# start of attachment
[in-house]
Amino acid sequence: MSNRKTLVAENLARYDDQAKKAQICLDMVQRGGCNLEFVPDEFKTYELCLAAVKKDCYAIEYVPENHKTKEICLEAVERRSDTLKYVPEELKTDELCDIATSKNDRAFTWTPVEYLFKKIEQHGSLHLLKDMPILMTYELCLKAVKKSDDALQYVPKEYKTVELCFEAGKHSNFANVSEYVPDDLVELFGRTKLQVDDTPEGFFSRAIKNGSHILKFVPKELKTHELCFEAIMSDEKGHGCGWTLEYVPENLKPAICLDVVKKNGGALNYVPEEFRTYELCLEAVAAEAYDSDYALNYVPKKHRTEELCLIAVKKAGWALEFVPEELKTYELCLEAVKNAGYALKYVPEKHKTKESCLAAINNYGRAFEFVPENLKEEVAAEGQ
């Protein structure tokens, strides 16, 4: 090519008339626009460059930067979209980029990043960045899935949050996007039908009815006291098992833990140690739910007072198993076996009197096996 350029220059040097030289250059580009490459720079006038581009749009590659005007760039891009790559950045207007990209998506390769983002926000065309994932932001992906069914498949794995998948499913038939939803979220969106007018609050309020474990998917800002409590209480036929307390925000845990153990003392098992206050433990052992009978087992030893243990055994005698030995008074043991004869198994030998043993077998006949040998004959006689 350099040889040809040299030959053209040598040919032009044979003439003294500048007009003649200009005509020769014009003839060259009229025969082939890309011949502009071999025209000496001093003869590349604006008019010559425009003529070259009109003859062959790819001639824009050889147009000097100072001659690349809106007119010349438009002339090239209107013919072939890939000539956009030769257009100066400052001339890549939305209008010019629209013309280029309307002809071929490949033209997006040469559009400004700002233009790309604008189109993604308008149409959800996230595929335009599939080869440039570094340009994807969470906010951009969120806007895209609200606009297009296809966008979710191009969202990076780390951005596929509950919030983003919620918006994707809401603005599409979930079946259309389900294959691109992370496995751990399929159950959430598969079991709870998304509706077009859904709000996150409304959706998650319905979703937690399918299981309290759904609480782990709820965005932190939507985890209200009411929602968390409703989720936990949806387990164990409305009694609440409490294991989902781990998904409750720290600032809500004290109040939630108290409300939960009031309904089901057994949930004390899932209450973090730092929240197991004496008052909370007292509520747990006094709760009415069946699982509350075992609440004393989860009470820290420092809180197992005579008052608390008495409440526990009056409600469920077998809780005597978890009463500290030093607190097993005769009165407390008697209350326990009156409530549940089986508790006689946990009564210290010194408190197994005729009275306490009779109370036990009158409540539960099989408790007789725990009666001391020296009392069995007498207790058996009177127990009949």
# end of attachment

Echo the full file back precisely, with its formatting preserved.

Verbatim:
[in-house]
Amino acid sequence: MSNRKTLVAENLARYDDQAKKAQICLDMVQRGGCNLEFVPDEFKTYELCLAAVKKDCYAIEYVPENHKTKEICLEAVERRSDTLKYVPEELKTDELCDIATSKNDRAFTWTPVEYLFKKIEQHGSLHLLKDMPILMTYELCLKAVKKSDDALQYVPKEYKTVELCFEAGKHSNFANVSEYVPDDLVELFGRTKLQVDDTPEGFFSRAIKNGSHILKFVPKELKTHELCFEAIMSDEKGHGCGWTLEYVPENLKPAICLDVVKKNGGALNYVPEEFRTYELCLEAVAAEAYDSDYALNYVPKKHRTEELCLIAVKKAGWALEFVPEELKTYELCLEAVKNAGYALKYVPEKHKTKESCLAAINNYGRAFEFVPENLKEEVAAEGQ
């Protein structure tokens, strides 16, 4: 090519008339626009460059930067979209980029990043960045899935949050996007039908009815006291098992833990140690739910007072198993076996009197096996 350029220059040097030289250059580009490459720079006038581009749009590659005007760039891009790559950045207007990209998506390769983002926000065309994932932001992906069914498949794995998948499913038939939803979220969106007018609050309020474990998917800002409590209480036929307390925000845990153990003392098992206050433990052992009978087992030893243990055994005698030995008074043991004869198994030998043993077998006949040998004959006689 350099040889040809040299030959053209040598040919032009044979003439003294500048007009003649200009005509020769014009003839060259009229025969082939890309011949502009071999025209000496001093003869590349604006008019010559425009003529070259009109003859062959790819001639824009050889147009000097100072001659690349809106007119010349438009002339090239209107013919072939890939000539956009030769257009100066400052001339890549939305209008010019629209013309280029309307002809071929490949033209997006040469559009400004700002233009790309604008189109993604308008149409959800996230595929335009599939080869440039570094340009994807969470906010951009969120806007895209609200606009297009296809966008979710191009969202990076780390951005596929509950919030983003919620918006994707809401603005599409979930079946259309389900294959691109992370496995751990399929159950959430598969079991709870998304509706077009859904709000996150409304959706998650319905979703937690399918299981309290759904609480782990709820965005932190939507985890209200009411929602968390409703989720936990949806387990164990409305009694609440409490294991989902781990998904409750720290600032809500004290109040939630108290409300939960009031309904089901057994949930004390899932209450973090730092929240197991004496008052909370007292509520747990006094709760009415069946699982509350075992609440004393989860009470820290420092809180197992005579008052608390008495409440526990009056409600469920077998809780005597978890009463500290030093607190097993005769009165407390008697209350326990009156409530549940089986508790006689946990009564210290010194408190197994005729009275306490009779109370036990009158409540539960099989408790007789725990009666001391020296009392069995007498207790058996009177127990009949």